I recently used the /FAsu Visual C++ compiler option to output the source + assembly of a particularly long member function definition. In the assembly output, after the stack frame is set up, there is a single call to a mysterious _chkstk() function.

The MSDN page on _chkstk() does not explain the reason why this function is called. I have also seen the Stack Overflow question Allocating a buffer of more a page size on stack will corrupt memory?, but I do not understand what the OP and the accepted answer are talking about.

What is the purpose of the _chkstk() CRT function? What does it do?

  • My guess (after reading your links) is that the function sets up protection so writes just outside the functions stack will be caught by the CRT, and can be handled like throwing exceptions in C++ or other things. – Some programmer dude Dec 6 '11 at 12:54
up vote 36 down vote accepted

Windows pages in extra stack for your thread as it is used. At the end of the stack, there is one guard page mapped as inaccessible memory -- if the program accesses it (because it is trying to use more stack than is currently mapped), there's an access violation. The OS catches the fault, maps in another page of stack at the same address as the old guard page, creates a new guard page just beyond the old one, and resumes from the instruction that caused the violation.

If a function has more than one page of local variables, then the first address it accesses might be more than one page beyond the current end of the stack. Hence it would miss the guard page and trigger an access violation that the OS doesn't realise is because more stack is needed. If the total stack required is particularly huge, it could perhaps even reach beyond the guard page, beyond the end of the virtual address space assigned to stack, and into memory that's actually in use for something else.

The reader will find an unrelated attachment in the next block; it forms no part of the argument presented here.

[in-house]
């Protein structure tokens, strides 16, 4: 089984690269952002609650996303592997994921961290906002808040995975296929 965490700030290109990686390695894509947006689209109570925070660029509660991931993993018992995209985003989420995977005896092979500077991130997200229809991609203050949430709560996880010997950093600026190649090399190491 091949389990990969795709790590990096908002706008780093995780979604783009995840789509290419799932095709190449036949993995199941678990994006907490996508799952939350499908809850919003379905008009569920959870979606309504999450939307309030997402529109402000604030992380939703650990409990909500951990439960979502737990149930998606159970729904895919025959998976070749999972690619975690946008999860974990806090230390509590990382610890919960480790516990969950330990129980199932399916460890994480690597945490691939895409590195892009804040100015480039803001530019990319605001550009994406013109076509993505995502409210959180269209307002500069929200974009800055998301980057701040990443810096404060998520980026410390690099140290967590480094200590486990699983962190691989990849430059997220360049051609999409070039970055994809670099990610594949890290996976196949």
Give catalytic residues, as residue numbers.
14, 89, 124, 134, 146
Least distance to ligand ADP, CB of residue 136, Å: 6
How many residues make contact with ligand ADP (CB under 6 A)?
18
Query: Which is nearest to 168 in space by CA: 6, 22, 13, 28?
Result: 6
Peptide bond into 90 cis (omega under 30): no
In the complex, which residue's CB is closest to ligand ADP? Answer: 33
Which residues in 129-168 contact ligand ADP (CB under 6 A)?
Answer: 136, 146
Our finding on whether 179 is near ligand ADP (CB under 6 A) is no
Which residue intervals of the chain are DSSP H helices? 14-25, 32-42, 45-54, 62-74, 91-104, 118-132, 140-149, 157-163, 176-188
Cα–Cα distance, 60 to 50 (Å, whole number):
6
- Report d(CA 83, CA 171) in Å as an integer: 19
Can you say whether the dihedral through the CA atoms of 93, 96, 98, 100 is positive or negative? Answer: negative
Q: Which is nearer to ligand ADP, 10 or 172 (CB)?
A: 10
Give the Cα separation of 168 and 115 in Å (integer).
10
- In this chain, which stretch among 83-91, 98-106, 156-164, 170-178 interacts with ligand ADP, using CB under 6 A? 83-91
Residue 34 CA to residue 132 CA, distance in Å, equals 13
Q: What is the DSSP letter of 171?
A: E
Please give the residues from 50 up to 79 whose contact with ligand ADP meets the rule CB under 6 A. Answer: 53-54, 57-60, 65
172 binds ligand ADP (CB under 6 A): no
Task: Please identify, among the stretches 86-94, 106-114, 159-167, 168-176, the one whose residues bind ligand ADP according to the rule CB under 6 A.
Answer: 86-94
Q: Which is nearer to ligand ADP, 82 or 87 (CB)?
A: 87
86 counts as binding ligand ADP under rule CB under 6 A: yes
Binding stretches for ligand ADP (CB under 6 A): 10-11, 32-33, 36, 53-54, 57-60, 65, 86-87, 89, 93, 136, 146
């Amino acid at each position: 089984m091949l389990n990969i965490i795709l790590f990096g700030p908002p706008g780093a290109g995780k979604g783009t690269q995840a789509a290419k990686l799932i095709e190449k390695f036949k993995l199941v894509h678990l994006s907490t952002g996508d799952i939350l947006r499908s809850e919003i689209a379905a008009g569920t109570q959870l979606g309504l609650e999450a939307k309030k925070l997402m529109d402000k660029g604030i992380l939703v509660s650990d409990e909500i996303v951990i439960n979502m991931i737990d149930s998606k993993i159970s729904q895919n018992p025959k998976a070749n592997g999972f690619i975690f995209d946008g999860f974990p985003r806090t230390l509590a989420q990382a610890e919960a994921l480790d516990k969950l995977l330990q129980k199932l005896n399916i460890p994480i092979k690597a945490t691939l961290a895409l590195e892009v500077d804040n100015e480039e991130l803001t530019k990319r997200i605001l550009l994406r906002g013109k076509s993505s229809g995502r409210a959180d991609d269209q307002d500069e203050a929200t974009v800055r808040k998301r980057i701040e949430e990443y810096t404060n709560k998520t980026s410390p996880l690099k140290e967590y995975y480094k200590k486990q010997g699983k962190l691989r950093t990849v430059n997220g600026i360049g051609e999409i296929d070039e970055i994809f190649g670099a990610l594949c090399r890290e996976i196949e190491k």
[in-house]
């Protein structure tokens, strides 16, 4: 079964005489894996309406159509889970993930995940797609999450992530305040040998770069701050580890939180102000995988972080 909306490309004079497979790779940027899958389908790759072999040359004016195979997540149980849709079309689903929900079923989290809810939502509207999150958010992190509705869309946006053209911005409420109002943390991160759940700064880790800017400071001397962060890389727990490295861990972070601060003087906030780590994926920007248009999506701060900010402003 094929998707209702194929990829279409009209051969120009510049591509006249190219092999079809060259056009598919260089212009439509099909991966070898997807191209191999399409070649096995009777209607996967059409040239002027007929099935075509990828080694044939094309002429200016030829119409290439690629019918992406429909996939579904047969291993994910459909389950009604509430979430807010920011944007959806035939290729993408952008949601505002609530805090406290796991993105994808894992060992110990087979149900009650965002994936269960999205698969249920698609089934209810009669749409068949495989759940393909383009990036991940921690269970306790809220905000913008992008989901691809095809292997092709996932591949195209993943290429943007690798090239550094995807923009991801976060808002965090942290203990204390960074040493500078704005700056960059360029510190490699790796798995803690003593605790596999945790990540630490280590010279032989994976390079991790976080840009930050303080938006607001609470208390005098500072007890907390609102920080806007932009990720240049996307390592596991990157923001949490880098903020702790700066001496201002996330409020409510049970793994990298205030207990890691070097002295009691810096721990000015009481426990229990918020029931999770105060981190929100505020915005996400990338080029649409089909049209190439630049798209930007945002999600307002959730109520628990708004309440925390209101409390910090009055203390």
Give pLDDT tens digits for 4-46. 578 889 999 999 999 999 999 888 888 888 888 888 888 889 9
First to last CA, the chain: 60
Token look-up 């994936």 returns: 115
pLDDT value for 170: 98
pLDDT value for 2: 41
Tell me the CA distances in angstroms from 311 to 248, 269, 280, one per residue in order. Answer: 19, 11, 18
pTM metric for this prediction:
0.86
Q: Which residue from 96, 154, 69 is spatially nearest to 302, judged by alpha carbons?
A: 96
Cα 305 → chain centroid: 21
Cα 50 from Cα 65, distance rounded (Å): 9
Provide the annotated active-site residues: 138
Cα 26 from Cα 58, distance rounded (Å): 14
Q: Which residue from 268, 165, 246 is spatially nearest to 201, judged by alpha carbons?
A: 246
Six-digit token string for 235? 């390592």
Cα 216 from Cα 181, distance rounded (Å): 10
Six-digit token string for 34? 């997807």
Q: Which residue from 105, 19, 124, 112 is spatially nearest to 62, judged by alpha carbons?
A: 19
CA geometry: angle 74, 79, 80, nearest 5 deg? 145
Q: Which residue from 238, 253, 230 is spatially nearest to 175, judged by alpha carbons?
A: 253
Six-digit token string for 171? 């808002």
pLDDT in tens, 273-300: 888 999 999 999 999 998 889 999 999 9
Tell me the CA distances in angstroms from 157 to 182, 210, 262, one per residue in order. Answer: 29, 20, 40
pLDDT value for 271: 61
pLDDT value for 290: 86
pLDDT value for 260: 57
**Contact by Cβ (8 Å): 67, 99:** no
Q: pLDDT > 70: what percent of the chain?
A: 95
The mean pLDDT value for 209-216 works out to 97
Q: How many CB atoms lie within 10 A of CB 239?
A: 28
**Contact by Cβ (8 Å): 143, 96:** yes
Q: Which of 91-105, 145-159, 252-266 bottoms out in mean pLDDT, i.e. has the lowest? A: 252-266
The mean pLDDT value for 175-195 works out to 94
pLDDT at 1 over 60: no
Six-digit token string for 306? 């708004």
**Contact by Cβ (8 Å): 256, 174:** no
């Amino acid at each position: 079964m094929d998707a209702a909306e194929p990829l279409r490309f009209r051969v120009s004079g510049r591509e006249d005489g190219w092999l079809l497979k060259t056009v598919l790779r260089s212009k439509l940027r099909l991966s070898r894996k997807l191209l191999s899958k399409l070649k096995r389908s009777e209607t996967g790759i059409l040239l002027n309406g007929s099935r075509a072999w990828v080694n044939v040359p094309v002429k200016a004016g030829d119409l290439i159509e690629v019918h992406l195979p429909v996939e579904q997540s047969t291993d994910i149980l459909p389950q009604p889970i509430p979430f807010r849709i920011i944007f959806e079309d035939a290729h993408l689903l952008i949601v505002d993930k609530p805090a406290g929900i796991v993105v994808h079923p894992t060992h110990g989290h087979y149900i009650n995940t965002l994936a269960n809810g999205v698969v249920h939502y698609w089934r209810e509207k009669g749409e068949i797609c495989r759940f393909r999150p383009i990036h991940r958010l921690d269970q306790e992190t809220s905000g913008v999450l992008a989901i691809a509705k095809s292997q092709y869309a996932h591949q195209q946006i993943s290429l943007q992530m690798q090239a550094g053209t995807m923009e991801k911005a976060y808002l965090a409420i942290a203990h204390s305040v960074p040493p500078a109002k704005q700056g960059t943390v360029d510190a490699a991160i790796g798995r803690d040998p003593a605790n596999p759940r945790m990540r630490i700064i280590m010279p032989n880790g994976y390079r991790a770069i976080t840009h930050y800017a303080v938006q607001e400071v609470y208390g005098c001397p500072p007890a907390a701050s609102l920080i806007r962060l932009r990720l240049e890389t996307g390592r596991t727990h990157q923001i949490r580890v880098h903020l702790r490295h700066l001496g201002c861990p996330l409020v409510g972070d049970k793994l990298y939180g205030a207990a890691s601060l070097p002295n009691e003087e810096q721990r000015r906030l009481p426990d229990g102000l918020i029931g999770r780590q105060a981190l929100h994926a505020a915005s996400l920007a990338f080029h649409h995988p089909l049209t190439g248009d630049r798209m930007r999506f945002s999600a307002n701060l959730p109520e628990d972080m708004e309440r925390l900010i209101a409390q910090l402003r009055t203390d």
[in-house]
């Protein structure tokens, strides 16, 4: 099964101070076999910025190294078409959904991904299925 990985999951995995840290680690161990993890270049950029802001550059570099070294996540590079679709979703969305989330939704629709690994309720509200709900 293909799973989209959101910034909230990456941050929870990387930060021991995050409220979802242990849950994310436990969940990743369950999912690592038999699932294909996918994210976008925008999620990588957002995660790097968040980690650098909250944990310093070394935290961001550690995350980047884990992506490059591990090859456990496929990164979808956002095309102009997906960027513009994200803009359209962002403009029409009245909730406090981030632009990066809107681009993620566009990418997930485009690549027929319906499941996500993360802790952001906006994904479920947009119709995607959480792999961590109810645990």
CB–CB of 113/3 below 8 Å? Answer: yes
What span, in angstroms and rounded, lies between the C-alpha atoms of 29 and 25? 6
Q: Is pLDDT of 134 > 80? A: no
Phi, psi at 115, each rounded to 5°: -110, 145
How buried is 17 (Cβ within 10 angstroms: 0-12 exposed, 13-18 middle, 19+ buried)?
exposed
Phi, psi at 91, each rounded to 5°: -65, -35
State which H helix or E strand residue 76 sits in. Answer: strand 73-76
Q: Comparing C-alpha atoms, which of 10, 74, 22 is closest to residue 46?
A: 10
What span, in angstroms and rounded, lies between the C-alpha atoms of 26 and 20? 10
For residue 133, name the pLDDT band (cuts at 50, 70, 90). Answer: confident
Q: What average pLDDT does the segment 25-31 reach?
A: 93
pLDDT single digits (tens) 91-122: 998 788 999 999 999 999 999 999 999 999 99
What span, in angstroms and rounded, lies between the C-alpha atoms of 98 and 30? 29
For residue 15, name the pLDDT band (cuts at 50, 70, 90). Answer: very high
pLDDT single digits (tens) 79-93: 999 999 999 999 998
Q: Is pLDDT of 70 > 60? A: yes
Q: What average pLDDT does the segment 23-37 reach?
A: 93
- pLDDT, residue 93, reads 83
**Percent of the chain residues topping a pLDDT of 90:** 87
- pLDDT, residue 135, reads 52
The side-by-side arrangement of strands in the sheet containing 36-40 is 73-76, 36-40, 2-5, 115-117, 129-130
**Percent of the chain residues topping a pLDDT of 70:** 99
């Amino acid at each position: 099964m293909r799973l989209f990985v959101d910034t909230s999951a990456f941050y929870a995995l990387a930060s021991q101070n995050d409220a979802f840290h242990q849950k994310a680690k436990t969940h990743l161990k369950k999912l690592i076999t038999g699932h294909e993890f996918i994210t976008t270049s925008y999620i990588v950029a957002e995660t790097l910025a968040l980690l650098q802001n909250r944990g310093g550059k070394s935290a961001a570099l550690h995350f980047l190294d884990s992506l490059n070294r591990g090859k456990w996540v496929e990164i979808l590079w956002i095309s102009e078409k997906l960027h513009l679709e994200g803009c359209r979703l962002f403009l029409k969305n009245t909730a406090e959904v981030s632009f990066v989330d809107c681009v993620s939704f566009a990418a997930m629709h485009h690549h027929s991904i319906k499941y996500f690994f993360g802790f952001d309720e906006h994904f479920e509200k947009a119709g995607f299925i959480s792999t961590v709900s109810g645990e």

So, _chkstk ensures that there is enough space for the local variables. You can imagine that it does this by touching the memory for the local variables at page-sized intervals, in increasing order, to ensure that it doesn't miss the guard page (so-called "stack probes"). I don't know whether it actually does that, though, possibly it takes a more direct route and instructs the OS to map in a certain amount of stack. Either way, if the total required is greater than the virtual address space available for stack, then the OS can complain about it instead of doing something undefined.

I looked at the code for __chkstk and it does do the repeated stack probes at one-page intervals. So this way, it doesn't need to make any calls to the OS. The parameter in rax is size of data you want to add. It ensures that the target address (current rsp - rax) is accessible. If rax > rsp, it does this for address 0. As an interesting shortcut, it first compares the address with gs:[10h], which is the current lowest page that is mapped; if the target address >= this, then it does nothing.

By the way, for 64-bit code at least, it is spelled with two underscores: __chkstk__.

Your Answer

 

By clicking "Post Your Answer", you acknowledge that you have read our updated terms of service, privacy policy and cookie policy, and that your continued use of the website is subject to these policies.

Not the answer you're looking for? Browse other questions tagged or ask your own question.